There are various eating disorders experienced in human beings.
Anorexia nervosa is one in which an individual has intense fears of gaining weight and this obsession leads to poorer intake and loss of weight.
Bulimia nervosa is another eating disorder characterised by an urge of rapid consumption of large amount of food in a short period of time, self-induced vomiting and diarrhoea, excessive exercise, strict dieting or fasting and an exaggerated concern about body, shape and weight.
Both of these are classified as separate disorders but there is significant overlap between the two. Also these eating disorders are normally an outcome of expectations of the society for thinness and are common among adolescents and young persons specially women.
Yet another eating disorder which has now caught attention of media and medicos is Orhorexia. It is a mental disorder coined by Steven Bratman but is not a recognised term by the American Psychiatric Association. The term has bee derived from Greek where ‘ortho’ means right or correct and ‘orexis’ means appetite. The literal meaning of this term is ‘correct appetite’.
Unlike other two eating disorders it has nothing to do with quantity of food or a desire to look thin but is purely an issue of quality. There is a yearning for perfectly healthy food. Such a tendency can be found in any age group ranging from kids to adult.
Concerns of orthorexics:
– Such persons make too rigid rules to regulate their intake. Any deviation would be painful and they cannot enjoy other types of food.
– There is an obsession about pure food and planning about its procurement is done well in advance. The obsession reaches the scale of obsessive compulsive behaviour by virtue of self-imposed rules.
– Such persons are too rigid and this adds to their psychological vulnerability about eating. This can lead to many problems even social isolation because ascertaining purity of food may keep them away from others.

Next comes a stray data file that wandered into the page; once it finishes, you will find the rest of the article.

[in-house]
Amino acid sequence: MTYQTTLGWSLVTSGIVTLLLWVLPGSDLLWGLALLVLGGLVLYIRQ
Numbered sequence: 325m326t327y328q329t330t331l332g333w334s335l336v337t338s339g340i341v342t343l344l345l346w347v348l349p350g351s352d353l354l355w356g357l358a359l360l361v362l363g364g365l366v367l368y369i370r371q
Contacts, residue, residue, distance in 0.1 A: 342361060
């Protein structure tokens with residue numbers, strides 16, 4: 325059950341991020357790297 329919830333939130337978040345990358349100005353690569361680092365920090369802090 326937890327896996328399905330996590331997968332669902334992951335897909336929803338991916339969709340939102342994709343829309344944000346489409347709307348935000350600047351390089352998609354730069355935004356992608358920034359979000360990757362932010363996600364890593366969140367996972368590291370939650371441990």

– Every aspect of food is always weighing heavy on their minds. It may range from the source of food including maintaining its purity till it is served in the plate to the constituents of the food with their calorific count and the way they are going to affect after consumption inside the stomach.
– Related to the food are other stringent standards laid down like artificial colours or flavours, sweetener, preservatives and any other issues related to the originality of the food. Even storage with other food, say in a fridge can disturb and prompt them to avoid eating a favourite dish. Many may even go to the extent of sterilising their knives or choppers. All this can prove to be time-consuming.
All this cannot be termed as good eating habits as orthorexians are too rigid and this adds to their psychological vulnerability about eating. This can lead to many problems even social isolation because ascertaining purity of food may keep them away from others. If it goes to an extreme degree, it can cause severe malnutrition and weight loss and lead an orthorexian to dangerous consequences. This can really go to the extent of a deadly disorder.
Hunger is a physiological phenomenon and it should not become an extreme psychological issue. An urge to eat healthy food should not turn to severe malnutrition.